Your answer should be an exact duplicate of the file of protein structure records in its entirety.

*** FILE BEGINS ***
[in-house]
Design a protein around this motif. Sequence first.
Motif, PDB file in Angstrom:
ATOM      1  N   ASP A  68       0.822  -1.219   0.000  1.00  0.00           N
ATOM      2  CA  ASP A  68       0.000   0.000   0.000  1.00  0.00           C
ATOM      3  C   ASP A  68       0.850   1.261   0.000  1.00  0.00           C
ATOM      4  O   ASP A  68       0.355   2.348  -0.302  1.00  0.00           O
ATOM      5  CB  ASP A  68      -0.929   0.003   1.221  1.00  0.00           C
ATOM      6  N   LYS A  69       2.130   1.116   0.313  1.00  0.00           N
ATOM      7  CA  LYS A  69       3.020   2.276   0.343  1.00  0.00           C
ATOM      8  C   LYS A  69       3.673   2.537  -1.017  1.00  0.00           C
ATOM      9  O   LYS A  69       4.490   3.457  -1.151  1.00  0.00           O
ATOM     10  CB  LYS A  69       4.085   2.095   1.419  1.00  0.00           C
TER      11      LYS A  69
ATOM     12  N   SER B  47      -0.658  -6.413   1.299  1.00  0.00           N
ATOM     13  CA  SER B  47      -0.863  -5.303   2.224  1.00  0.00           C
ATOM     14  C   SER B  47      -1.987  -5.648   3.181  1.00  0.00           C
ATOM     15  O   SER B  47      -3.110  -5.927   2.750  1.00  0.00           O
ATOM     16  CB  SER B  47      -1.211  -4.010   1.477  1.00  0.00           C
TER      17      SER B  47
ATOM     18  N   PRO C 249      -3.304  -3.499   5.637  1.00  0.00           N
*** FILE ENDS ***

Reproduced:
[in-house]
Design a protein around this motif. Sequence first.
Motif, PDB file in Angstrom:
ATOM      1  N   ASP A  68       0.822  -1.219   0.000  1.00  0.00           N
ATOM      2  CA  ASP A  68       0.000   0.000   0.000  1.00  0.00           C
ATOM      3  C   ASP A  68       0.850   1.261   0.000  1.00  0.00           C
ATOM      4  O   ASP A  68       0.355   2.348  -0.302  1.00  0.00           O
ATOM      5  CB  ASP A  68      -0.929   0.003   1.221  1.00  0.00           C
ATOM      6  N   LYS A  69       2.130   1.116   0.313  1.00  0.00           N
ATOM      7  CA  LYS A  69       3.020   2.276   0.343  1.00  0.00           C
ATOM      8  C   LYS A  69       3.673   2.537  -1.017  1.00  0.00           C
ATOM      9  O   LYS A  69       4.490   3.457  -1.151  1.00  0.00           O
ATOM     10  CB  LYS A  69       4.085   2.095   1.419  1.00  0.00           C
TER      11      LYS A  69
ATOM     12  N   SER B  47      -0.658  -6.413   1.299  1.00  0.00           N
ATOM     13  CA  SER B  47      -0.863  -5.303   2.224  1.00  0.00           C
ATOM     14  C   SER B  47      -1.987  -5.648   3.181  1.00  0.00           C
ATOM     15  O   SER B  47      -3.110  -5.927   2.750  1.00  0.00           O
ATOM     16  CB  SER B  47      -1.211  -4.010   1.477  1.00  0.00           C
TER      17      SER B  47
ATOM     18  N   PRO C 249      -3.304  -3.499   5.637  1.00  0.00           N